Indigenous WGIndigenous WGEvery year on 9 August, the international community comes together to celebrate the International Day of the World’s Indigenous Peoples, paying tribute to indigenous communities around the globe.
WFPHA acknowledges the contribution of indigenous peoples and other marginalized groups and the injustices committed against them throughout the world and the impact on their health and well-being and we pay respect to their elders past and present.
During the last World Congress on Public Health, WFPHA has created a working group on Indigenous health, chaired by Adrian Te Patu, indigenous men and public health experts from New Zealand, as well as members of WFPHA Governing Council.

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The World Federation of Public Health Associations presents the First Nations Wellbeing Statement, which shows the outcome of the World Congress on Public Health.

A World Leaders Dialogue on Suicide Prevention for First Nations people was held at the World Congress on Public Health (WCPH) in Melbourne, Australia, on April 4th, 2017. The Black Dog Institute and Australian Health Promotion Association sponsored this event. Richard Weston, the Chief Executive of Australian’s Healing Foundation, facilitated this event, which included presentations from leading global scholars and practitioners in suicide prevention. Most notably, presentations were given by Carol Hopkins, the Executive Director of the Thunderbird Partnership Foundation; Michael Naera, the Kia Piki te Ora Project Leader for Te Runanga o Ngāti Pikiao Trust; and Pat Dudgeon, a Professor at the University of Western Australia.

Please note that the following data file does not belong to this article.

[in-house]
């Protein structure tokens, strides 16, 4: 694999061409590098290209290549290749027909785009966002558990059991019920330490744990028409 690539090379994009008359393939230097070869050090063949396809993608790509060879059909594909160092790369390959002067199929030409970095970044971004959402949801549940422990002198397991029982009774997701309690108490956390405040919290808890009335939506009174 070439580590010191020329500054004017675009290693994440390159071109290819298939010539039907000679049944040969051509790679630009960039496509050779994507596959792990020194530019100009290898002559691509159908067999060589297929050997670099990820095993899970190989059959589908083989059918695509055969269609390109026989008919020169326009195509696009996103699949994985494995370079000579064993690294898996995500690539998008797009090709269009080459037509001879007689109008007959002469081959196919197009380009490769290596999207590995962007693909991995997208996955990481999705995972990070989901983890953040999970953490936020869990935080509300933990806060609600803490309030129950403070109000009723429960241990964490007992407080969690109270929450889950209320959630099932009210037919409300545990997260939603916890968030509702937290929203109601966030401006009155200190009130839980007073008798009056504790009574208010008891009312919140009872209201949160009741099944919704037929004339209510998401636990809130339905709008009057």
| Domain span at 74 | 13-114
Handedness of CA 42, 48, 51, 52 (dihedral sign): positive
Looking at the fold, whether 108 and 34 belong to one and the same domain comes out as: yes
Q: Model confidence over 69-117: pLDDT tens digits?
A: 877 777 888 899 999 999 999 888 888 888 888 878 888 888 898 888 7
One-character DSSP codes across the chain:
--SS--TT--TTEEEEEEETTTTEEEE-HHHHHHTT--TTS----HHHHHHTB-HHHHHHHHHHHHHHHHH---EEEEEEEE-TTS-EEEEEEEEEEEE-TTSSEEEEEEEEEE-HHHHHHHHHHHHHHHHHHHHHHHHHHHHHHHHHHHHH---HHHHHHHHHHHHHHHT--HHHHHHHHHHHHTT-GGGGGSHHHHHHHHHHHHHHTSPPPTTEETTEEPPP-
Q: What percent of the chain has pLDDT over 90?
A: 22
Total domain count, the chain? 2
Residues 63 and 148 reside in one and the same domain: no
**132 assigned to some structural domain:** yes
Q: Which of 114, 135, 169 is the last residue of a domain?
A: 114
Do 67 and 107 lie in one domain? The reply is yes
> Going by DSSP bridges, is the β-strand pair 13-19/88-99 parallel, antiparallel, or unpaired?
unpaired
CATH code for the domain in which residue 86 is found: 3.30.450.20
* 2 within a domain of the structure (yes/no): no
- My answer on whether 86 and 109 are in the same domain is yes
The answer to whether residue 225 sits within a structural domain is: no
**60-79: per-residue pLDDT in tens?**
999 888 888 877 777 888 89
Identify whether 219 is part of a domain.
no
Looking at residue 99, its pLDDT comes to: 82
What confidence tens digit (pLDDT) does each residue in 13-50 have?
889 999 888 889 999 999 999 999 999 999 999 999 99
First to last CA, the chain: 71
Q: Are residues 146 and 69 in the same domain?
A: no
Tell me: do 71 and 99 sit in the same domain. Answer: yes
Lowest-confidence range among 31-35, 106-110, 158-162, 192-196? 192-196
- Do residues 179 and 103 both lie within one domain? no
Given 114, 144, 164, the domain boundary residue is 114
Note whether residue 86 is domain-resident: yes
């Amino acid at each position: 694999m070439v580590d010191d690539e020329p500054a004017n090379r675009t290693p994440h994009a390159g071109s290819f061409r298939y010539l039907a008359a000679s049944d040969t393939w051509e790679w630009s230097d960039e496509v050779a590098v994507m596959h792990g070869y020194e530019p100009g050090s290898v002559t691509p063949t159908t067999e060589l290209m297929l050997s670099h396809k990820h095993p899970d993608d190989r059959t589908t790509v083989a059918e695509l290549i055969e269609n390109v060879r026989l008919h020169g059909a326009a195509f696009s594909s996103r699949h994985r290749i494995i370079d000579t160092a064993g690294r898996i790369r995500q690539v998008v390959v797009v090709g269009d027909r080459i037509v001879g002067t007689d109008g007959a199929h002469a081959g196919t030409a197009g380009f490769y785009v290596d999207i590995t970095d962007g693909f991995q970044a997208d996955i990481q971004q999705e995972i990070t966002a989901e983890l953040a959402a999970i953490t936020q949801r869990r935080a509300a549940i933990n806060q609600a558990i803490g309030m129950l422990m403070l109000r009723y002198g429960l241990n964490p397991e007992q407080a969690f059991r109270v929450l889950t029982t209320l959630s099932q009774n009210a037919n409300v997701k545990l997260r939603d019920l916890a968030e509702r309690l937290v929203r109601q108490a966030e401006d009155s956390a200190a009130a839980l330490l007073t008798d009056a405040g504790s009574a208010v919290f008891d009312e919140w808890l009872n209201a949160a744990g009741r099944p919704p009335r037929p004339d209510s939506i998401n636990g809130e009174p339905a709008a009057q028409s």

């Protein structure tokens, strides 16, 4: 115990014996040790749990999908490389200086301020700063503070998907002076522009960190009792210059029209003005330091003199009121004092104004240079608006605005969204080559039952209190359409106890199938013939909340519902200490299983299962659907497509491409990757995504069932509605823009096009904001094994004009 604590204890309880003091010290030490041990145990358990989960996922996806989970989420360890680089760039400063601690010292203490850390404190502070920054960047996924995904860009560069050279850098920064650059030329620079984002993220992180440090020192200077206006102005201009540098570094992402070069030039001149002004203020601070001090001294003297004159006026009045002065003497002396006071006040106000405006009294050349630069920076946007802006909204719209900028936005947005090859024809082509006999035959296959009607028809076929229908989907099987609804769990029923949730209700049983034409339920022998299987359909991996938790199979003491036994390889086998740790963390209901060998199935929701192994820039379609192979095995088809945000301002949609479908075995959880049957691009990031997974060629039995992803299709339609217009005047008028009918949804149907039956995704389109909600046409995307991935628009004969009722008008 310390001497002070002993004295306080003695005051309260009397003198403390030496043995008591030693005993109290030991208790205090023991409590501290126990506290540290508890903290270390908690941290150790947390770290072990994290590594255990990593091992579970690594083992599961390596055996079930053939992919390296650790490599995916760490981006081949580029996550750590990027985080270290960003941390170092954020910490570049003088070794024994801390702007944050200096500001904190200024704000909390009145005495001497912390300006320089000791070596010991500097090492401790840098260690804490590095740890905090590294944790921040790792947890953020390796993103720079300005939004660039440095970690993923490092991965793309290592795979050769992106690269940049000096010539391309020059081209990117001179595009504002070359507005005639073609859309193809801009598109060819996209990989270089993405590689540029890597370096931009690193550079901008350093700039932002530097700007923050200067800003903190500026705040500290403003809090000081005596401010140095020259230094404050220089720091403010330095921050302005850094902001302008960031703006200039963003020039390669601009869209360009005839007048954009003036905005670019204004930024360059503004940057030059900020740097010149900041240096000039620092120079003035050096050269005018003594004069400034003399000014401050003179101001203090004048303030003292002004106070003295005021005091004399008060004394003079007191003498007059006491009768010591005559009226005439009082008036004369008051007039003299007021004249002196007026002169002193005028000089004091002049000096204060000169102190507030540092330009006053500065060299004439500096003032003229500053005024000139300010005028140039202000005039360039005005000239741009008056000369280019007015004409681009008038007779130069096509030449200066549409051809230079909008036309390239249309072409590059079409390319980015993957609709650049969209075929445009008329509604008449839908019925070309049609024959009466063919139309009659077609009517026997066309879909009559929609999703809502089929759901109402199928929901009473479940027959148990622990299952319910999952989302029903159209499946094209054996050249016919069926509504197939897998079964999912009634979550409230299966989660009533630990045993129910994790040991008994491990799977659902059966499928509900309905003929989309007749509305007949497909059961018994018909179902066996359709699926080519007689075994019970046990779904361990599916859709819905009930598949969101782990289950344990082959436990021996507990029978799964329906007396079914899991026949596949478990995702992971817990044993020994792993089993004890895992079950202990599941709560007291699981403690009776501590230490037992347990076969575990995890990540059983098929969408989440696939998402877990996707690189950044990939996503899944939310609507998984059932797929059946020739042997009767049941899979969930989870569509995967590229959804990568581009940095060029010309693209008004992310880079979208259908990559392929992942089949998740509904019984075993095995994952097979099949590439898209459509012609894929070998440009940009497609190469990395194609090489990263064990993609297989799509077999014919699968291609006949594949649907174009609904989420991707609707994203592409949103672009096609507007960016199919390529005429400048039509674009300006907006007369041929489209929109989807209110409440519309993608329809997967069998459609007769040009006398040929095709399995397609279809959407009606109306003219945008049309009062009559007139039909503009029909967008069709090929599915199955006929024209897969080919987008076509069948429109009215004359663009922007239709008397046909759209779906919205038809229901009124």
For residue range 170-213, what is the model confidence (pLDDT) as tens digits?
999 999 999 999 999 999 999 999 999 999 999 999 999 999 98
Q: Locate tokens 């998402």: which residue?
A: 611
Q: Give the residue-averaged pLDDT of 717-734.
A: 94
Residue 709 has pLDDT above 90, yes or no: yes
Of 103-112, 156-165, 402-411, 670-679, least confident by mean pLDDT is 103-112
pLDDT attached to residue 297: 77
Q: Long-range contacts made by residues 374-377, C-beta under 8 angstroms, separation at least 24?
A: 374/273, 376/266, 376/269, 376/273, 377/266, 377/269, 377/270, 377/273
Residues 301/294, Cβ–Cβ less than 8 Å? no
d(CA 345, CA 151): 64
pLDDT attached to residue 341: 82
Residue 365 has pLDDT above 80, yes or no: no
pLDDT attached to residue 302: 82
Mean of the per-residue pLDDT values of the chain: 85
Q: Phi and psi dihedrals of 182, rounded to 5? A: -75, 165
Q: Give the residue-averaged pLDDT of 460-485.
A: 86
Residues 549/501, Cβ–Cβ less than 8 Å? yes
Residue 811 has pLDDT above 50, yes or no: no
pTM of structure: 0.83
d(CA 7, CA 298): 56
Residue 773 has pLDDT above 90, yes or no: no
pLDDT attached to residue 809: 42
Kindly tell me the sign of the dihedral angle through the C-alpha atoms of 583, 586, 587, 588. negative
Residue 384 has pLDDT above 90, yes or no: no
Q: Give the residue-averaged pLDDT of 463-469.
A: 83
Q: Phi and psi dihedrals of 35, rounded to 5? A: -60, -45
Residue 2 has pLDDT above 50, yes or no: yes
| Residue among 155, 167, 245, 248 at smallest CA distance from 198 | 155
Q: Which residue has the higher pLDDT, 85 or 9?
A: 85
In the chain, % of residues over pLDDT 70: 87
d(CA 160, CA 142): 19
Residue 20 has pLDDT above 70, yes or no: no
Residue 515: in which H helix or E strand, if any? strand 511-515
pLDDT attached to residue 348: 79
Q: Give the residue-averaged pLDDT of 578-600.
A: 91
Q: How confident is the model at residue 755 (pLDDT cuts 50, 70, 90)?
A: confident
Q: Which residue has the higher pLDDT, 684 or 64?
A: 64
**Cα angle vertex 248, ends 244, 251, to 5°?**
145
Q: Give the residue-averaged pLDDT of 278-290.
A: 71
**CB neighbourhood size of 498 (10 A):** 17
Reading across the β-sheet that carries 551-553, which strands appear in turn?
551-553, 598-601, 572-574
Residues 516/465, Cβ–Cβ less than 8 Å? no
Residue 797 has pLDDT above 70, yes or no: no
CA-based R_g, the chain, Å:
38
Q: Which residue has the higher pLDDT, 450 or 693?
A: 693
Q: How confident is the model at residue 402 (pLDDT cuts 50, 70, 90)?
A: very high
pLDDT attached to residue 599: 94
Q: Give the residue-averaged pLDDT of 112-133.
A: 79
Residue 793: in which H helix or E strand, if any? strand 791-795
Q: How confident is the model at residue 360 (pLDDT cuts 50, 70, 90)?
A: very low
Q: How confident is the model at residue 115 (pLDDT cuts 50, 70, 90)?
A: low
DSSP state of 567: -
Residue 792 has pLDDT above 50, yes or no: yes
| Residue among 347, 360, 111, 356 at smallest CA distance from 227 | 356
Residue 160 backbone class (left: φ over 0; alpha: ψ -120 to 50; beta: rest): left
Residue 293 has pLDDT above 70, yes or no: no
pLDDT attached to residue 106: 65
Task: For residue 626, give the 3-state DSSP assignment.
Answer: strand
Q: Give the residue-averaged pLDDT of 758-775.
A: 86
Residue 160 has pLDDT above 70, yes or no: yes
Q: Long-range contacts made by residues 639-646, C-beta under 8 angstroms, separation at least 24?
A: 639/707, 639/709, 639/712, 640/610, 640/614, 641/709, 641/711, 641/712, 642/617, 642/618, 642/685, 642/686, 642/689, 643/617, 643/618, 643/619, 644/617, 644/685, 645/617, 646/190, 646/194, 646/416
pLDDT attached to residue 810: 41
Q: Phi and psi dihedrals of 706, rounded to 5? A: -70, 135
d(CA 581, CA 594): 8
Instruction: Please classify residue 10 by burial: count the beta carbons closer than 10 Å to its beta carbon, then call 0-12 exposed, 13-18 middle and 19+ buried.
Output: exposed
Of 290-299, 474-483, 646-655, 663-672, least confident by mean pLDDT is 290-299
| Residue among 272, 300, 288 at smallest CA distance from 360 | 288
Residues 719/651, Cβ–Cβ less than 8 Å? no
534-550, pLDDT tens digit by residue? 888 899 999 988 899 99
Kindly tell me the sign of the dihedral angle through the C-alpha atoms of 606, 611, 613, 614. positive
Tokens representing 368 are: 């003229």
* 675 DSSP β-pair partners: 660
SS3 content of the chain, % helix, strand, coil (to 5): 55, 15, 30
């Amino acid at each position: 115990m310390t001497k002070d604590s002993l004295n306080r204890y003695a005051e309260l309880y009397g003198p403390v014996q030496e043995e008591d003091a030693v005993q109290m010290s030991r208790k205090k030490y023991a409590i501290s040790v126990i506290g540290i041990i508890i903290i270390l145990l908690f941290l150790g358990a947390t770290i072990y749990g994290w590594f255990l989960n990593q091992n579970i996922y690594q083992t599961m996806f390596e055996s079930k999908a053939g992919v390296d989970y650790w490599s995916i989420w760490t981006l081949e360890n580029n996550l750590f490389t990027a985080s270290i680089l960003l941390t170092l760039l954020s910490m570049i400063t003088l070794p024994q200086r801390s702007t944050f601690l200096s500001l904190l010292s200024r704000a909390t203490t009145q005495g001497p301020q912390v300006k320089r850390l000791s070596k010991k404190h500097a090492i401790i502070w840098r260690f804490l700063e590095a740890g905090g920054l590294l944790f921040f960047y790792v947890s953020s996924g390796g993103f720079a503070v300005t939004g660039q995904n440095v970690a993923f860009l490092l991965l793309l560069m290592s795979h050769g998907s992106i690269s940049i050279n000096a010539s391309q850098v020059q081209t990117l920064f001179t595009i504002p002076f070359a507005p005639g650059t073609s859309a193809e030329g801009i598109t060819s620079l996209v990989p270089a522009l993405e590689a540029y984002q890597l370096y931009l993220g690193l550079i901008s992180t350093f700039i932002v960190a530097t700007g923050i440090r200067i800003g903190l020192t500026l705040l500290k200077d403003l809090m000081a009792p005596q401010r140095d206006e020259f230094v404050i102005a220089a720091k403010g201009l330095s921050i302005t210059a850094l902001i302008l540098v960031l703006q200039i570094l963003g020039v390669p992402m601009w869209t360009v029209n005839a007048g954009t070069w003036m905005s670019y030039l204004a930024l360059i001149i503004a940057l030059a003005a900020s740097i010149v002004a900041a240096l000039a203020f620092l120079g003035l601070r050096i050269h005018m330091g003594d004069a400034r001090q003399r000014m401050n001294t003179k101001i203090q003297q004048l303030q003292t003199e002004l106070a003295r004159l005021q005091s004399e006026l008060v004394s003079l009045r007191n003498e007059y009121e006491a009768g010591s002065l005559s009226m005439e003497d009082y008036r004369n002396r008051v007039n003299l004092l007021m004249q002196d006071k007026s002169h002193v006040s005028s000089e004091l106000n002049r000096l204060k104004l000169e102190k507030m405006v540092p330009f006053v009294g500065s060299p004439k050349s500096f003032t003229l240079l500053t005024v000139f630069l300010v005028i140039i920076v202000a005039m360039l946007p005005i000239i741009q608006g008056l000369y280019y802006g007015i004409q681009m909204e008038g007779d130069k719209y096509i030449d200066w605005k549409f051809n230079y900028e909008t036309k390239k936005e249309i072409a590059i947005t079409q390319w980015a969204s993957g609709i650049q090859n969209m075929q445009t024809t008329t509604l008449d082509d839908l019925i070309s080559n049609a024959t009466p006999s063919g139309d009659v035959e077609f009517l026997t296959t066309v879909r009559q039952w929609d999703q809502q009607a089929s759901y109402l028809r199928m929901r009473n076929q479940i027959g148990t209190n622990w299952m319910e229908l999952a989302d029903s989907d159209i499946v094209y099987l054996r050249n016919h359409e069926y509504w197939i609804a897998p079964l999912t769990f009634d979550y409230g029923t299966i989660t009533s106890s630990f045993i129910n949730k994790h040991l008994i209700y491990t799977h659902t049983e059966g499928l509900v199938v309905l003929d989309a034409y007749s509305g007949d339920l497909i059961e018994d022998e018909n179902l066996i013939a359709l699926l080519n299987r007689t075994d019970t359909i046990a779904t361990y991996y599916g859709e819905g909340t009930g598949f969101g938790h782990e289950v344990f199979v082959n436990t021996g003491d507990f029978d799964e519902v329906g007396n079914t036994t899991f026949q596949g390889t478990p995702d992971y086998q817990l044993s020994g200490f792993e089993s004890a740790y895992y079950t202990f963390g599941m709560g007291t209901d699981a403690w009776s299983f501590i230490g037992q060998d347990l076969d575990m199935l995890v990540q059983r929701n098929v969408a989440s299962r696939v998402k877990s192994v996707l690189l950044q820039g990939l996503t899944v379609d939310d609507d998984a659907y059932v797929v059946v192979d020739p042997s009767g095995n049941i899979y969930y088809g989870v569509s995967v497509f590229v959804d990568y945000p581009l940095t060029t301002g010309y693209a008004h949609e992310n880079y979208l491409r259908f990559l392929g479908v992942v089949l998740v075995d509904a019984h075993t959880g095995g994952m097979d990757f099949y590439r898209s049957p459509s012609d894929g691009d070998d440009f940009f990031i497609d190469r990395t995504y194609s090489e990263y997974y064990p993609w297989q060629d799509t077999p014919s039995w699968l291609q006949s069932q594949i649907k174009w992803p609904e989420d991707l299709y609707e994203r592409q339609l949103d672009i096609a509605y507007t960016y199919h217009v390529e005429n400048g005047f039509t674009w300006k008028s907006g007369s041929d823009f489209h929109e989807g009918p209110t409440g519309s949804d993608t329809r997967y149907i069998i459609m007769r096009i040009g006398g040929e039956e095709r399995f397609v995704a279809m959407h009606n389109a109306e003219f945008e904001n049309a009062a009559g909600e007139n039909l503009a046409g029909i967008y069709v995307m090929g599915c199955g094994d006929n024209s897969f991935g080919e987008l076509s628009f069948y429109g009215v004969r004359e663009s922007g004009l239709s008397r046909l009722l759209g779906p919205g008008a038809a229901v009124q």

This paper is an outcome of World Leaders Dialogue on Suicide Prevention for First Nations people held at the 15WCPH, and is being presented to the hosts and partnering bodies of the WCPH, with the expectation that the actions are adopted into policy, and promoted by each organization.

These organizations include the World Federation of Public Health Associations.

This year global health was for the first time in the agenda of the G-20 summit held in Hamburg, Germany. The G20 leaders’ declaration was published on July 10, including a section on Safeguarding against Health Crises and Strengthening Health Systems and on Combatting Antimicrobial Resistance.